SINCE 9/11,Americas priority in Central Asia has been to defeat the Taliban in Afghanistan. But as the US and NATO pull out,there is a new danger: that the West could become entangled in regional rivalries,local strongman politics and competition with Russia and China.
Central Asian governments have sought for years to manipulate foreign powers interest in the region for their own benefit. In the summer of 2005,the US military was evicted from its facility at Karshi-Khanabad in Uzbekistan after American officials criticised the Uzbek governments slaughter of hundreds of anti-government demonstrators in Andijon; Russia and China,which have both been expanding their footprints in the region,publicly backed the crackdown. In 2009 Kyrgyzstans kleptocratic president,Kurmanbek S. Bakiyev,drummed up a bidding war between Washington and Moscow over the fate of the Manas air base,the main staging facility for American troops in Afghanistan.
As America begins withdrawing from Afghanistan,the Central Asian states are likely to increase their demands for tacit payoffs for cooperation. Currently,the US pays the Kyrgyz government $60 million a year to lease Manas and funnels hundreds of millions of dollars in fuel contracts to local suppliers and intermediaries. The US also pays roughly $500 million annually in transit fees to ship equipment and material via the Northern Distribution Network,a set of road,sea,railway and air routes that traverse the Central Asian states,which was opened to provide an alternative to Pakistani supply routes. In June,NATO reached agreements with Uzbekistan,Kyrgyzstan and Kazakhstan for taking equipment out of Afghanistan. Uzbekistan,which effectively controls rail shipments out of northern Afghanistan,has already announced that it will charge up to 150 per cent of the distribution networks prevailing transit rates,and American officials expect to be further squeezed as neighbouring states bargain hard during the Wests rush to the exits. Most controversially of all,NATO and the Central Asian states are still negotiating over the potential transfer of military equipment,used by coalition forces in Afghanistan,to Central Asian governments security services,which have a bloody human rights record.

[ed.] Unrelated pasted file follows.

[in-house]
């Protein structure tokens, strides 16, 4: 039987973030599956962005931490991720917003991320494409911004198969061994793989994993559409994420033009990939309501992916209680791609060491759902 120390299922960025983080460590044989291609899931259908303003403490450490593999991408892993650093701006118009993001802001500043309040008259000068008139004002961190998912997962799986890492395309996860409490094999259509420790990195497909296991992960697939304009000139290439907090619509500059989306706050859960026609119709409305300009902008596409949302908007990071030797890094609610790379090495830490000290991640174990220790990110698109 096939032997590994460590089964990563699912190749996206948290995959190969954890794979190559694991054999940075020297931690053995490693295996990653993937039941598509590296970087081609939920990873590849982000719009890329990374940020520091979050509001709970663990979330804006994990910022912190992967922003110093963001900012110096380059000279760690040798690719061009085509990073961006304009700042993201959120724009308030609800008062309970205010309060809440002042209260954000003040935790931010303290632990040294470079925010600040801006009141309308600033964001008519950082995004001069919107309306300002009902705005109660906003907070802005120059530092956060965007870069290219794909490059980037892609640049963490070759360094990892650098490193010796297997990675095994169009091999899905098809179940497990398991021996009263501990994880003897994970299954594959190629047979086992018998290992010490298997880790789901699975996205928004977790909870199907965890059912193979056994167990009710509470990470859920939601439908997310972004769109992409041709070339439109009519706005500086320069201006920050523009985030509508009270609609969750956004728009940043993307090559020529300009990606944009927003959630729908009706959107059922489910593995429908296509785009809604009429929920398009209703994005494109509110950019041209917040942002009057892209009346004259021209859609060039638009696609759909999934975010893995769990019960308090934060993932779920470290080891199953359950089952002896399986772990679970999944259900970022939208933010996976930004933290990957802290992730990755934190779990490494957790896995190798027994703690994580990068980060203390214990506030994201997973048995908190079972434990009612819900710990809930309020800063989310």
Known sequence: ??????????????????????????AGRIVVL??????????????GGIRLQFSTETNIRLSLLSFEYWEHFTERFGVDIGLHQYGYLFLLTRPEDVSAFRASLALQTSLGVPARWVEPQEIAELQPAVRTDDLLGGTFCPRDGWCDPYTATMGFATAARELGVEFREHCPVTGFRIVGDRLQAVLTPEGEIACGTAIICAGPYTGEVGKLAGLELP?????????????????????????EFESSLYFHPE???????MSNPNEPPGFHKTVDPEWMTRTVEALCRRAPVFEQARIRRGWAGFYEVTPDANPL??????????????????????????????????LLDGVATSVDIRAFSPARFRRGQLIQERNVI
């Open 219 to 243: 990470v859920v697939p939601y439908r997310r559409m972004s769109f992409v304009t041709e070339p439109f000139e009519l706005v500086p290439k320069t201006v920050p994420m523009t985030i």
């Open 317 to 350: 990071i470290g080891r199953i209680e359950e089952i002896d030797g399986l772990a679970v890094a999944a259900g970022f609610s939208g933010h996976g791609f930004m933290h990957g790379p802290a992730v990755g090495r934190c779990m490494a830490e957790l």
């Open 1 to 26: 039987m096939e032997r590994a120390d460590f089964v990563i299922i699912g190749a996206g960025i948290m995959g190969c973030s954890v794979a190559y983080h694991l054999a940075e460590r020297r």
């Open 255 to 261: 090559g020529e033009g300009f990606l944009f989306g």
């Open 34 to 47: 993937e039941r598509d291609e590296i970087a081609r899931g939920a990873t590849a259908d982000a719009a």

Withdrawal from Afghanistan also elevates the risk that the US,together with other external powers,will be drawn into a number of local disputes and escalating regional rivalries. Over the last decade,Central Asian leaders have consistently invoked the spectre of insurgents spilling over from Afghanistan to justify their own counterterrorism efforts and the need for security cooperation with Russia,China and the US. Russia seems keen to reinforce this narrative to justify extending its military basing rights throughout the country,which,in all likelihood,Tajik officials will then use as leverage to demand more Western assistance.
After 11 years of pressing the Afghan government to improve its governance and create democratic institutions,Washington has failed to effectively promote these same goals in neighbouring countries. Now withdrawal from Afghanistan risks dragging the West even further into a hotbed of domestic power struggles and regional rivalries.
Alexander Cooley is the author of Great Games,Local Rules: The New Great Power Contest in Central Asia
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